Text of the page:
A case of management-ITIS

A case of management-ITIS

Years ago, there was a TV advert in the UK for a telephone company, in which a morose young lad was telling his gran over the phone that he hadn’t passed any of his exams – “except sociology”. On hearing this, granny exclaims: “You got an ‘ology?!” and almost bursts with pride.

I am reminded of this every time I introduce to the students I teach the health and safety ‘term’ ITIS. It stands for (sorry for shuffling the original order): Information, Training, Instruction and Supervision. So, not “an ITIS” – just ITIS.

ITIS pops up in many locations in our wander through health and safety management systems, but how much do you know about it? Lets’ take it one item at a time.

I = Information

Section 2(2)(c) of the Health and Safety at Work, etc. Act 1974 requires that “information” is given to employees about the hazards involved in the work they do. Information must also be given regarding the precautions they must take to be safe. So ‘information’ looks like a ‘pass-it-on’ process, as in: “Here is the information you need”. And, in many cases, the employer must give this information and not wait for employees to ask for it. Of course, all information provided must be correct (accurate) and meaningful. You shouldn’t be given it if you can’t understand it.

Regulation 10 of the Management of Health and Safety at Work Regulations 1999 (MHSWR) stipulates list of quite clear (‘comprehensible and relevant’) information that is needed for employees.

So, this is your homework: look up the MHSWR, go to Regulation 10 and see what is says. I will test you on it later!

T = Training

I get the idea that this is just a bit more than ‘pass it on’, like information. Training requires the employees actually to take part in something. Being ‘trained’ to use work equipment, for instance, would involve being shown and then being allowed to use, under supervision (later), that work equipment. But as well as being trained how to use it, should we not also be trained to recognise what we can and can’t do with it? How to appreciate not only how to work it but also how to know when it’s broken?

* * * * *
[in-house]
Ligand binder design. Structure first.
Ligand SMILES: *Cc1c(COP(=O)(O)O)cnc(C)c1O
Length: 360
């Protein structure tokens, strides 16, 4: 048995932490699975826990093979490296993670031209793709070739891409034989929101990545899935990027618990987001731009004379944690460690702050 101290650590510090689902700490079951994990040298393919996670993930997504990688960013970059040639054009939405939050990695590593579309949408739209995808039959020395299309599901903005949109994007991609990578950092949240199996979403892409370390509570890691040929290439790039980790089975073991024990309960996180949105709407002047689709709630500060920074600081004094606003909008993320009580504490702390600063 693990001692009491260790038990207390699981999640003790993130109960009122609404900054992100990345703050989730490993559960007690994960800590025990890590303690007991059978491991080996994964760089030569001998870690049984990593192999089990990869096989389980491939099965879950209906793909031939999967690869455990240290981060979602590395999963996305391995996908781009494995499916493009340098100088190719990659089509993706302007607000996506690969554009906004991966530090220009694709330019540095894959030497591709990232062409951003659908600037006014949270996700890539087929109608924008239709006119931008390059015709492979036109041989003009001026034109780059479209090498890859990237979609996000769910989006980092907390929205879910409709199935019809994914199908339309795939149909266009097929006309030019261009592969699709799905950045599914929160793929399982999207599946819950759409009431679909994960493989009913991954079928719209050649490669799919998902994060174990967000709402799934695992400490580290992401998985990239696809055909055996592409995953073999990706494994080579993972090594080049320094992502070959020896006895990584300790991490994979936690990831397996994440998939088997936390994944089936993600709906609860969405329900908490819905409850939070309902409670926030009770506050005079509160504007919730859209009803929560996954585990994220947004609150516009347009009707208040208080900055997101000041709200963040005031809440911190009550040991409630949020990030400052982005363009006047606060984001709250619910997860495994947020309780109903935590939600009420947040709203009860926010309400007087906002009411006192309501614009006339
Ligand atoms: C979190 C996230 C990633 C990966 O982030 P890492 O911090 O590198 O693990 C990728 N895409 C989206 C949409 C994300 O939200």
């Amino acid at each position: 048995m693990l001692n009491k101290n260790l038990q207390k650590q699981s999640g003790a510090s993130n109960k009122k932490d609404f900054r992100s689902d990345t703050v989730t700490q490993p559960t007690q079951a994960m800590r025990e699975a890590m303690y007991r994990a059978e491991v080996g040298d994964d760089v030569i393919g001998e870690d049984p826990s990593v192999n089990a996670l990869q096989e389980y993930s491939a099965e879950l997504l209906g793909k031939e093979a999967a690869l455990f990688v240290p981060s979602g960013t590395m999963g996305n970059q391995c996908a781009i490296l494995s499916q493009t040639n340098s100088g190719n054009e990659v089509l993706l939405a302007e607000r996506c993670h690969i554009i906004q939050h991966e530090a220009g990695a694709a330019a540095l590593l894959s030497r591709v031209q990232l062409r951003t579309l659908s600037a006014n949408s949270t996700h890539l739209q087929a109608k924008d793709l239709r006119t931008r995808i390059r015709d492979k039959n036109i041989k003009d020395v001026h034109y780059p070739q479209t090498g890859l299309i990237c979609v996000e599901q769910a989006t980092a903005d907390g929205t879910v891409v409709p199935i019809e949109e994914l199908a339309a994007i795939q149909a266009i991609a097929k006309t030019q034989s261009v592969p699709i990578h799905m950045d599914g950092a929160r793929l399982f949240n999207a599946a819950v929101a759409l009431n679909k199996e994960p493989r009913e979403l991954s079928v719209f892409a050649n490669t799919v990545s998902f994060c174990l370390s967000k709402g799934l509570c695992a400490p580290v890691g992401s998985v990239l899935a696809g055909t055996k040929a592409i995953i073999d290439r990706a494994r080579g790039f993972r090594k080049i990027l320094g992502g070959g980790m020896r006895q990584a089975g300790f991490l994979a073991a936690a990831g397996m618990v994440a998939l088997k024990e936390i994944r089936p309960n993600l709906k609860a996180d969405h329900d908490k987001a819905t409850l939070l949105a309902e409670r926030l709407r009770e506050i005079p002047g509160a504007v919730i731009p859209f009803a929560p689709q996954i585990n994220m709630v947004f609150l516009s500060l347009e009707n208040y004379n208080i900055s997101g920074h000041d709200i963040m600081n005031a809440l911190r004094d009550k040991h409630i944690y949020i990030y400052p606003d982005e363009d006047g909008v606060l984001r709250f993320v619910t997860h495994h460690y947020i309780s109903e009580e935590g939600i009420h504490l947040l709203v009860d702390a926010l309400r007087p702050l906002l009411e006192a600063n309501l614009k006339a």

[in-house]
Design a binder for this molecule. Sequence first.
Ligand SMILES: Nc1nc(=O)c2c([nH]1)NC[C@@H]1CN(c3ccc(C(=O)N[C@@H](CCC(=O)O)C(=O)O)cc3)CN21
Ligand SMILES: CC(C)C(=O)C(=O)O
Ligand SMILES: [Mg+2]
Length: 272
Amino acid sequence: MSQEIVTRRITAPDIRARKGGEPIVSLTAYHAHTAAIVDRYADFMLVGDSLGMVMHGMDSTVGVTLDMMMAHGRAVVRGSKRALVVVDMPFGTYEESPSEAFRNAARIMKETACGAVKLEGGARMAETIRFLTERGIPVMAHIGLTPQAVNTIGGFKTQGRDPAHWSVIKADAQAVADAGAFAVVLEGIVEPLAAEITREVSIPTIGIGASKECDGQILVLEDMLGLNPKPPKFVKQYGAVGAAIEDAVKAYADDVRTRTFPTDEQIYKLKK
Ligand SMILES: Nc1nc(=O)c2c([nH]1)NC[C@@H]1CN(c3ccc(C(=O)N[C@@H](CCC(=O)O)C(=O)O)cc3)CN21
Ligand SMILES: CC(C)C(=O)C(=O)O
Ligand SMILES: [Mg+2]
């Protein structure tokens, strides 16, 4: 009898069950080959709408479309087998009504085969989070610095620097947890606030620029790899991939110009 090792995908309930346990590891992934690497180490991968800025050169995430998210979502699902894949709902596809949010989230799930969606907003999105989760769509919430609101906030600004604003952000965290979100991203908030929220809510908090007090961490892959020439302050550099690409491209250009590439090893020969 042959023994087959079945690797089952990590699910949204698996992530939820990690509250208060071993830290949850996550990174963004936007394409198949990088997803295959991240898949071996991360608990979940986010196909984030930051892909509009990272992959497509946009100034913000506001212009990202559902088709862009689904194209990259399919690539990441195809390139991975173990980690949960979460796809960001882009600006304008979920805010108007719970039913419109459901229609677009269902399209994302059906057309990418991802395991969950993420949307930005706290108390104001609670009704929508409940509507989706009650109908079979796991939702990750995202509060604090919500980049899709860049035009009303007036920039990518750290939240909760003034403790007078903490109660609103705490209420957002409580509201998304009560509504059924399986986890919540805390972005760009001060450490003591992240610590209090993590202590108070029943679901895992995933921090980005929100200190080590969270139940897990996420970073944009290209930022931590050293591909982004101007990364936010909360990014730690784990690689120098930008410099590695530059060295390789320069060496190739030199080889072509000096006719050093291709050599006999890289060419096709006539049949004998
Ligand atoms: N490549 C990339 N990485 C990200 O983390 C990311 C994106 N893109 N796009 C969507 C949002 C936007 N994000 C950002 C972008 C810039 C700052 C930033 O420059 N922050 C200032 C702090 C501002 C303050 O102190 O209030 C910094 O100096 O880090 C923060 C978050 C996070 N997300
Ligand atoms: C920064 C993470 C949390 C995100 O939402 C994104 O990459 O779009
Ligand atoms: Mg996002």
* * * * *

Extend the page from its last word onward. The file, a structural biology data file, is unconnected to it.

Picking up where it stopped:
I = Instruction

Again, this is a bit further down the track than information, as it actively involves the employee by requiring them at least to listen. Employees must be provided with clear and correct instructions on what is to be done and not done – particularly where routine tasks are carried out by employees who might be so used to doing them they forget (or ignore) safety issues. Young works, in particular, must be given specific and very clear instructions.

S = Supervision

It is important that supervision is provided by properly trained and competent supervisors, not just someone left in charge of workers. Supervisors must have the authority to oversee activities and to make sure all safety measures are in place and being followed.

Right – back to that homework I set earlier. What did you discover from Regulation 10 MHSWR? You should have found information on:

  • Risks to employees’ health and safety (identified via risk assessment);
  • Preventive and protective measures needed;
  • Procedures for dealing with serious or imminent dangers, danger areas and fire-fighting measures;
  • The identity of persons appointed by the employer to implement evacuation procedures and fire-fighting measures;
  • The risks that other employers sharing the workplace have indentified; and
  • Providing information regarding risks to children (young persons) to the parents of those children.

Consider carefully, then, your application of ITIS!

Roger Passey

Roger Passey

Roger Passey Dip2OSH MIOSH (retired)

Occupational health and safety consultant

Roger has been working in health and safety since 1988 and as a consultant since 2004. Formerly a chartered IOSH member, he now enjoys retired status.

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